To Edwin Lamson

1 February 1862


[MS in Finney Papers, 2/2/1]


Oberlin, Ohio. 1st Feb. 1862

My Dear Br. Lamson,

I recd your kind letter of

last summer & have been so ill

until recently as to let writing

alone. I was able to meet with

my class twice a week last summer.

About the first of Sept. I became

much worse & was confined to my

bed for more than two months. Since

that I am gradually gaining

strength & am beginning to renew

my correspondence with loved friends.

Norton came home last night to spend the

sabbath, says he wrote you yesterday.

I recd the pamphlets you sent me & thank

you for them. "The experience of a congrega

tional minister", I had recd before from the

Author. "The Divine Order" has much in

it that is true & some things dangerously

false. It is monstrously out of joint in

[page 2]

its Psychology. This is all the more

unfortunate as the professed object

of the book is to clear up the mental

phylosophy of sanctification & tell us

what mental acts to perform.

1. He rightly teaches that all holiness or virtue

belongs strictly to voluntary & acts & states.

That holy love is benevolence or good will.

2. That strictly speaking there is no moral

character in involuntary states of mind

i.e. in mere feelings or emotions. But

3. That the heart of the mind is the

sensibility & not the will. Hence the

heart is altogether involuntary & hence

again the heart can have no moral

character according to his own teaching.

4. That entire consecration is entire obe

dience to God, but not sanctification.

5. That the will cant act until desire

in the sensibility is excited. &c &c The

will has no power to act in simple

obedience to conscience but must have

the imperator of corresponding desire.

This is a old dogma in philosophy

[page 3]

but it is contrary to consciousness. Who


does not know that he affirms ^ obligation

to obey God & conscience whatever his

desires may be & whether he has any

desire about it. & what virtuous

man does not know that often

he must deny his desires & go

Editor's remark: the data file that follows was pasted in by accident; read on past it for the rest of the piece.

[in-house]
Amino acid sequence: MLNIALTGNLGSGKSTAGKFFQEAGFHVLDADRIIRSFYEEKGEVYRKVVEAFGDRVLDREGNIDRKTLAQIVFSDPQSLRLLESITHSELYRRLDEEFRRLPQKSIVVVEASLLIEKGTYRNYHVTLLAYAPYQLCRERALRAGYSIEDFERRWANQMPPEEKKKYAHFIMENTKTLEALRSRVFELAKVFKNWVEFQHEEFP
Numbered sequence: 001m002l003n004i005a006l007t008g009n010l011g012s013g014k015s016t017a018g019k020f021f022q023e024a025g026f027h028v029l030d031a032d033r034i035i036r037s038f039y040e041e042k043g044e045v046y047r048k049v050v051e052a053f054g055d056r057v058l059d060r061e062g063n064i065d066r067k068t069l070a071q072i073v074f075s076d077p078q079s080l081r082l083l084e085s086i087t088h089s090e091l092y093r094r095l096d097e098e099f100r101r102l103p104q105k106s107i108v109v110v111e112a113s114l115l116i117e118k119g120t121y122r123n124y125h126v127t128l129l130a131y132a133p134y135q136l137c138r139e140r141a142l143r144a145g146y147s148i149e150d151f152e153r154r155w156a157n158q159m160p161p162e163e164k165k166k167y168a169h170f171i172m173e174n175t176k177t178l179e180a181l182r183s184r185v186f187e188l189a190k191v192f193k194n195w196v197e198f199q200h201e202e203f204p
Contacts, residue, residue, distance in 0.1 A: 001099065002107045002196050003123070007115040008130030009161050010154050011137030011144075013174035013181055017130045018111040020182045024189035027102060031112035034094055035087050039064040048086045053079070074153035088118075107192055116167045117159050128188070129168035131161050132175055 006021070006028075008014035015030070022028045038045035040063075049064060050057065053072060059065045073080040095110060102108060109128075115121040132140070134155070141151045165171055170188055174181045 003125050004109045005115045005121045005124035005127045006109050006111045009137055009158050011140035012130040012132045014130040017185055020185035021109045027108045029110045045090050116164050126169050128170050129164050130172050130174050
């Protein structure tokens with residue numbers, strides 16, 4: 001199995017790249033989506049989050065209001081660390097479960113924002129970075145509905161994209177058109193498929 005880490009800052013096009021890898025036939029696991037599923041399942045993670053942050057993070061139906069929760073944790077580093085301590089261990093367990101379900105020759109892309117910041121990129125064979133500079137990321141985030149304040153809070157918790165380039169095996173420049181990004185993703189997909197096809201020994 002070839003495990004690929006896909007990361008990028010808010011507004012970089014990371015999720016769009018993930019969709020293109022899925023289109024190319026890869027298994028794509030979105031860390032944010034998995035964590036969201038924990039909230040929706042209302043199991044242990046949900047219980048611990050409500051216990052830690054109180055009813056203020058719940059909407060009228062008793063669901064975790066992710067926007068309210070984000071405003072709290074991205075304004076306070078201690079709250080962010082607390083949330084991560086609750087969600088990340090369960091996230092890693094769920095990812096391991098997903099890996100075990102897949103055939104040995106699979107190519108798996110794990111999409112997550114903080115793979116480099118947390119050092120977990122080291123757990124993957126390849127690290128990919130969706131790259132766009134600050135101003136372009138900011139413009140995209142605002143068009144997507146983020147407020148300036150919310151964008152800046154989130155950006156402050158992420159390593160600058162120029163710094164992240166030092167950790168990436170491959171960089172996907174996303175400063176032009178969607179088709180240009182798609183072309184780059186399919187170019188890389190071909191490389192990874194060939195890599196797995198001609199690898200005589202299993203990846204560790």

against them with the whole

force of his will.

What he says about giving up our own

will & accepting the will of God uni

versally & unconditionally is true &

excellent. Now if he had told us

that this is sanctification, as it is

the whole of true obedience, & that

the baptism of the Spirit & the cons

equent state of sensibility is the

consequence & the seal of sanctification

he would have cleared the subject

of some of the fog in which his

false psychology had enveloped it.

But I can not go into the subject now

O, how I wish I could preach a

[page 4]

few times in Boston on this subject.

How does Br. Stone like this, Divine

["o]rder". It is a pity that the Divine

order should be misconceived.

How is Dear Br. Stone. Give our

kindest love to him & his dear wife.

How is our dear Mary? Do let us know

all about you all. Thank you & Mary

for your kind interest in Nortons

affairs. The Lord has given him

a good place I think. Mrs F. is

as well as usual. Ange & Julia

are at present with us. The

Lord has been teaching me most

graciously & lovingly. Will not Mary

spend the next summer with us.

Now do think of this. Dont say it is

too far. Do you not know that the

difference of latitude & longitude is just

the thing for her. She needs another

climate for several months & to be

where she can rest & have home

friends & society. This is the place for her &

the children. God bless you & her & the children

C. G. Finney.



[along left-hand margin of page 1]

P.S. Mrs. F. & Norton & Julia & Ange all join in abundant love to you all.



At the start of this line Finney had written:

4. T

but smudged it out and continued the sentence form the previous line.

A smudge at the beginning of the line has obscured the start of this word.